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Old 01-20-2004, 10:24 AM   #15
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Weight issues

Hmmm, remove 100 pound gaucho install 70 lb Dinette, am I missing something here?

What is the issues with weight?

I too removed original components to do Dinette, surely a wash wouldnt you think?

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Old 01-20-2004, 11:34 AM   #16
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I can always weight the gaucho when we takle it out and use it as a basis for trying not to exceed that weight with the new unit. I had thought about weight distribution and decided it was a wash.

Rich, you make a good point about the wheelwell cover. Mine is also plastic and cracked here and there. I was thinking of making a box over the whole area, basically the whole area behind the drawers now, which would cover the wheelwell, water system, and battery. I also wondered how much work it would be to make a nice aluminum cover to replace the plastic one on the wheelwell, but that would be for later. Got to try not to make this too involved to begin with - I have a tendancy for my projects to go spiralling out of control!

The leaks worry me too. The canopy we bought for it is a tarp over a metal frame, like a small carport. So nothing will actually touch the trailer skin. I hope to have it up before the week is out.

Then I can see if there are some seams that need resealing, or I'm thinking I should look into the gaskets around the pipe vents, or the marker lights. I'm trying to get in touch with the previous owner to ask him which he did most recently, because I know he did a lot of work to it. Anyway, hopefully I can stop the leak and then use some Stop-Rot on the floor to fix the wood, and the damage won't be too bad. I'm optimistic because it is a small area, and I know the previous owner kept it under cover when it wasn't on the road, so it hasn't been just sitting outside rotting away for years. If nothing else just keeping it under cover when we're not using it will be good for it.

Fixing the leaks and replacing the gaucho also sounds like a good time to look into some cork flooring...Since everything will be pulled apart anyway.
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Old 01-20-2004, 12:02 PM   #17
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Ken, I think the gaucho in a '68 Caravel is much lighter than the 70's and later models. There's almost nothing to it.

It is basically a light frame of 1x1 wood members plus a piece of 1/4" plywood at the rear, and a piece of 3/8" plywood for the face frame. The left side is the 1/4" wall dividing the living space from the bath closet. The right side is actually part of the existing dinette. The cushions are backed with 1/4" plywood for stiffness. There is no top except the 6"x75" hinged piece along the wall.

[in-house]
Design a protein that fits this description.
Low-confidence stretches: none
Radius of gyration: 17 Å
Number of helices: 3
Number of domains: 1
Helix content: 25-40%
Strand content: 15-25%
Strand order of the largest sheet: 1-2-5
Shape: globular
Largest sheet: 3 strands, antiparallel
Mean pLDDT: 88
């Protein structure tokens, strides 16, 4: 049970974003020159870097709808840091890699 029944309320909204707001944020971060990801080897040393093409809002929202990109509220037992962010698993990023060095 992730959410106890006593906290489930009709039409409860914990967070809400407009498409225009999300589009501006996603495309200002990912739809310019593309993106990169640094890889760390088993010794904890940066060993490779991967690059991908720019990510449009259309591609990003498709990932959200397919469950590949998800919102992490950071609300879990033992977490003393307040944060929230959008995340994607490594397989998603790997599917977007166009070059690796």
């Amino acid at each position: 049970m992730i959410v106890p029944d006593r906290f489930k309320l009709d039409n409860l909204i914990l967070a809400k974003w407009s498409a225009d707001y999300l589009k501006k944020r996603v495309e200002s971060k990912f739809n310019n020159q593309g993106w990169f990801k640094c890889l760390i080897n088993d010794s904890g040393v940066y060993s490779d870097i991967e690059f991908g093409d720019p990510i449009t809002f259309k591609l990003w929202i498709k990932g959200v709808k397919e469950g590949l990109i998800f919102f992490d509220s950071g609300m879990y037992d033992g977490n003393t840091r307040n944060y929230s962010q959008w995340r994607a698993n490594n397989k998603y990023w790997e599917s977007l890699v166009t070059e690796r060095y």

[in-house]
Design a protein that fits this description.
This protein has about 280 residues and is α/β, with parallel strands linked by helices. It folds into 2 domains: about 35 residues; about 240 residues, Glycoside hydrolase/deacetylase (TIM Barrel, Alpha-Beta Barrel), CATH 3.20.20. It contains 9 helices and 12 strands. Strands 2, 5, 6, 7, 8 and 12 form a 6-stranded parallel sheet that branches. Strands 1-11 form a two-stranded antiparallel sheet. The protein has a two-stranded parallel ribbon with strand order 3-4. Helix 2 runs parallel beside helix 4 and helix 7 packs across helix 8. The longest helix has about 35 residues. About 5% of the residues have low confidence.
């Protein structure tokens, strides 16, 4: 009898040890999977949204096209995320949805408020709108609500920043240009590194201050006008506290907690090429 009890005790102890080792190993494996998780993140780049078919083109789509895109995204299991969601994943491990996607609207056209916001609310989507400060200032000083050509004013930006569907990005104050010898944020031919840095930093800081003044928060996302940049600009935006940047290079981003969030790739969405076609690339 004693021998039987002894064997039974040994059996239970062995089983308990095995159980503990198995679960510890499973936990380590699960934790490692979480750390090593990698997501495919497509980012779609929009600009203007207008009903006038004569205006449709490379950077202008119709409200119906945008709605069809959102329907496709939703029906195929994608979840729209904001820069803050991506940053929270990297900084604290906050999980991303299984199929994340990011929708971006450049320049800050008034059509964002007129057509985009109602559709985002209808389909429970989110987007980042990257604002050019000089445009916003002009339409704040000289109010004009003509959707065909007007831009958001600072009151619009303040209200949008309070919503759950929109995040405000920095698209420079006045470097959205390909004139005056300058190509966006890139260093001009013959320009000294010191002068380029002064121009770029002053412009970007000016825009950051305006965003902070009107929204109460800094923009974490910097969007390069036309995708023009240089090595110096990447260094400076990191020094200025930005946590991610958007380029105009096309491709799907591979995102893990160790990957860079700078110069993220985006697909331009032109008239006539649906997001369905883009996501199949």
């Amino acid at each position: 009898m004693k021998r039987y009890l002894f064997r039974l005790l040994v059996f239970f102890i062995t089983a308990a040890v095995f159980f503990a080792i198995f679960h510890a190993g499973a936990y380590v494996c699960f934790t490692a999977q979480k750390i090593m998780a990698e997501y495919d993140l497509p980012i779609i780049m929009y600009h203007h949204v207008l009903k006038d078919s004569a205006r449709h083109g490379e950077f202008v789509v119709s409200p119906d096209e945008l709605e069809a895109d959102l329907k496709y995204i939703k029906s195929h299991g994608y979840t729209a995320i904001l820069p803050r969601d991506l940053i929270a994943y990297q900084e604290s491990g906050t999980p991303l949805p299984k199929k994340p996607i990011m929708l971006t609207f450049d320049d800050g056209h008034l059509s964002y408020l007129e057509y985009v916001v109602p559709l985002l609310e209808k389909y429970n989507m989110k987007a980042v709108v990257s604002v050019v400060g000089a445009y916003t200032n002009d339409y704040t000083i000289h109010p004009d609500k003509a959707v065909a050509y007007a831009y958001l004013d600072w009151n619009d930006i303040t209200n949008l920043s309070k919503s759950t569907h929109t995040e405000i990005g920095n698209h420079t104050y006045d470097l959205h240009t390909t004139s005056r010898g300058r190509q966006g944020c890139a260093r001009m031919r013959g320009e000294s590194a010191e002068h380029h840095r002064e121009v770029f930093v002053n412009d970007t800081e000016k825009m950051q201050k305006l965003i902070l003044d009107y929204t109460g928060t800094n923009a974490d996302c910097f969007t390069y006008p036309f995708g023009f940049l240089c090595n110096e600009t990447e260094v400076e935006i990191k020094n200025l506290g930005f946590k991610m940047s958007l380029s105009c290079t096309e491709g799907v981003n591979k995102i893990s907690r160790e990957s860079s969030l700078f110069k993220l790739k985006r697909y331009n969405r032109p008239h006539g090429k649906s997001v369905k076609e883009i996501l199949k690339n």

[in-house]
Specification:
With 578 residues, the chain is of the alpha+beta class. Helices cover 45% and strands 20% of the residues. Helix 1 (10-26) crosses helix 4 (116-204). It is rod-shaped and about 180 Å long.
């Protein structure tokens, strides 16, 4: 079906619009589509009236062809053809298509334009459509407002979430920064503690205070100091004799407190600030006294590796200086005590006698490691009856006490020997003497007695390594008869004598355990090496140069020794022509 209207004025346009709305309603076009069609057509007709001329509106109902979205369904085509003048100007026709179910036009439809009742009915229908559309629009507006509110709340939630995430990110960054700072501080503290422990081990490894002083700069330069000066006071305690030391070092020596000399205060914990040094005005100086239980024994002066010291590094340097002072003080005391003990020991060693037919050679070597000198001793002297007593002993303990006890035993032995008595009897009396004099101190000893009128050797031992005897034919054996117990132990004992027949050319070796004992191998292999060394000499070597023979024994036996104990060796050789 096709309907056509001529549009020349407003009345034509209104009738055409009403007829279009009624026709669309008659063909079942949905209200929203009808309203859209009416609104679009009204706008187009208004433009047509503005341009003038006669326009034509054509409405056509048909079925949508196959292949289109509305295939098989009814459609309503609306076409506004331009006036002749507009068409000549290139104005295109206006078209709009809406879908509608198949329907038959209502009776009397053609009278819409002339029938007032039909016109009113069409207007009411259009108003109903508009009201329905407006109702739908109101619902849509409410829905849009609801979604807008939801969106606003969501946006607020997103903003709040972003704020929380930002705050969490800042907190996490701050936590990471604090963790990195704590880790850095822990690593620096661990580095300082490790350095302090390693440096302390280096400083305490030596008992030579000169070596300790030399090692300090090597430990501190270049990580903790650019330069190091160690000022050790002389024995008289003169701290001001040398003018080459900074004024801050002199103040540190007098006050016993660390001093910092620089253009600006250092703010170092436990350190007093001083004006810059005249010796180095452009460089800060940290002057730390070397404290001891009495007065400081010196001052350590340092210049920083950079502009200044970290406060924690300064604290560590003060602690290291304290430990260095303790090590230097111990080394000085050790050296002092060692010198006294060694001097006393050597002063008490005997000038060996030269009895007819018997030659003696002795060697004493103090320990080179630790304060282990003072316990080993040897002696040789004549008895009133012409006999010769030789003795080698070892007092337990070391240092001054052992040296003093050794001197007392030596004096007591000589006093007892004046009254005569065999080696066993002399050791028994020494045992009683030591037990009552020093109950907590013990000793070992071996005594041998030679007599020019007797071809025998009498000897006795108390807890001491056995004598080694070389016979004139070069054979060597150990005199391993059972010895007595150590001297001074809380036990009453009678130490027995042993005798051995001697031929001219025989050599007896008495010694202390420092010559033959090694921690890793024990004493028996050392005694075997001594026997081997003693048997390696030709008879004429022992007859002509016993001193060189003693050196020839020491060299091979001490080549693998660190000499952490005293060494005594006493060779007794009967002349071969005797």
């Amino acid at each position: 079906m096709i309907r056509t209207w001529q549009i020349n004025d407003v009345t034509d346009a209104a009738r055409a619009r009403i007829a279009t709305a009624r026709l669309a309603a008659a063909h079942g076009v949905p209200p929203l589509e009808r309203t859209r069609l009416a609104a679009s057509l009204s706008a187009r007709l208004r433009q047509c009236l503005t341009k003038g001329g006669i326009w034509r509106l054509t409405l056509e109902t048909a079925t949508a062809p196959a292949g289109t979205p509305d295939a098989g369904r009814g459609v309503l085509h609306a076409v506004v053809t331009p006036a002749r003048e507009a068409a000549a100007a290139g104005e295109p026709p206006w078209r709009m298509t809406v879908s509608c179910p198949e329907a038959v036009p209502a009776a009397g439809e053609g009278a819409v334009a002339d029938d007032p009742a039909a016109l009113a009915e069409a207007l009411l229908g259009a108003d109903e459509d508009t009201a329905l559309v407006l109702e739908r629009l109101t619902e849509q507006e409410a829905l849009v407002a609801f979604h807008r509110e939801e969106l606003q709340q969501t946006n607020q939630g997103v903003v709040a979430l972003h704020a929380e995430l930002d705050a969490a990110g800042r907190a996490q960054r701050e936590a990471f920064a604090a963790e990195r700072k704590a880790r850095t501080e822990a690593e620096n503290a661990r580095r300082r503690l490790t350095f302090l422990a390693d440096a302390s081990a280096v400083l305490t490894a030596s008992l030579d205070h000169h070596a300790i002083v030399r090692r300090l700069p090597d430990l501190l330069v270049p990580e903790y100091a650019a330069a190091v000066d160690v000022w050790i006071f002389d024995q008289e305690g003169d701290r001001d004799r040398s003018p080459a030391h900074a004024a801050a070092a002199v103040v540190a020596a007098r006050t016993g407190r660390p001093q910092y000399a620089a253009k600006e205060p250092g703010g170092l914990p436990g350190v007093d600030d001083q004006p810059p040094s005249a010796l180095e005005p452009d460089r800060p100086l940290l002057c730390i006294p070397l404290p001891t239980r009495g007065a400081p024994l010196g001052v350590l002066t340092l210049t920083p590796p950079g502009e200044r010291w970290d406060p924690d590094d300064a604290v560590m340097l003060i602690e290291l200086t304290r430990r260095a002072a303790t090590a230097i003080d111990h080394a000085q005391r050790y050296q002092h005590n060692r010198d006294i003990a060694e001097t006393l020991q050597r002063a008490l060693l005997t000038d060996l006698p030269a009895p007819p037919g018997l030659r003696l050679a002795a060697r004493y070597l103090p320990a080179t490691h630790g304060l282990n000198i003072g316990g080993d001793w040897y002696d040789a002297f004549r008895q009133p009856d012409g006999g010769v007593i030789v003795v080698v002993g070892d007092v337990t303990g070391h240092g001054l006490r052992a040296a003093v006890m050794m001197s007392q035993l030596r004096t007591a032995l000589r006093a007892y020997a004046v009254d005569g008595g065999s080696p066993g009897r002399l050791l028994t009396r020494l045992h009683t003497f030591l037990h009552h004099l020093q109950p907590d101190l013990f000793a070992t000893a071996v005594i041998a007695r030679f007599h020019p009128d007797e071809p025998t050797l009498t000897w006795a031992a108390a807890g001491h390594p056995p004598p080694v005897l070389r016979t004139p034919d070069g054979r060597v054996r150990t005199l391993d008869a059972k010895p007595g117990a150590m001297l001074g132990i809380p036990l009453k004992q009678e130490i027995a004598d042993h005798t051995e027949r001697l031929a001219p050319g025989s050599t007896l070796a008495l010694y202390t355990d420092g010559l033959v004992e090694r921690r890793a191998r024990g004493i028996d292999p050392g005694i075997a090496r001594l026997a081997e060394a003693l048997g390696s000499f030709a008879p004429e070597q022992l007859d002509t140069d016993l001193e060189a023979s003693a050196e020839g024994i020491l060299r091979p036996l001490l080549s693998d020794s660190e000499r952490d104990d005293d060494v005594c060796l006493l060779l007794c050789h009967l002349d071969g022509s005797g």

Most of the weight is the drawers themselves, which are simple boxes made of 3/8" plywood. I haven't weighed my gaucho but I would guess it is in the range of 50-60 lbs, cushions included.

The weight sensitivity of a '68 Caravel is more than you might think. I believe (but can't find the source now) that the original axle was rated to 2,800 lbs GAWR, which with a 2,400 lb empty weight minus tongue weight, leaves a pretty tight useful net carrying capacity.

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Old 01-20-2004, 12:30 PM   #18
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Hmm, more arguements in favor of a new axle...

I agree, the gaucho's construction is extremely light. After looking at it, I'm surprised it supports as much abuse as it gets, being used as a couch and a bed. The piece down the center of it, from the dinette to the bathroom wall, is 1/4 plywood, almost like an I-Beam which braces it and supports most of the load along with the face frame. It's kind of ingenious really, because they mangaed to make it fold out into a full size bed without any tricky framing, slides, etc.
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Old 02-13-2004, 07:53 PM   #19
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I am glad to see this thread at this time, as I am just about to start a gaucho to dinette transformation.

We have a 67 tradewind and I just hate the front sofa thing. Sitting sholder to sholder with my wife, and eating on that fold up/out table just isn't for me. My wife on the other hand hates the dinette idea because as a kid, she was always jamed in first and wasn't let out by her older brothers. Ah, the trama of childhood.

The big problems as already mentioned seem to be 1) original vs. modified 2) the center mounted water tank and pump and 3) weight of new construction.

Like with that link above, most dinettes seem to be very square. I have removed the sofa frame and really like the curve of the front wall. So I want to do a "dinner booth" thing where the dinette makes a continous even curve around the wall. I can continue the seat over the water tank to make it continous. Then I think a round table that is removeable and MAYBE converts to a bed.

So I will keep all the stuff I take out and tell myself I can always make it original again. Water tank kinda has to stay there with the seat over it. Sooooo, how do I make it light enough? I see above the spruce and thin plywood idea. All my stuff is going to curve so that will be a pain. I wish there was some kind of high strength composite stuff.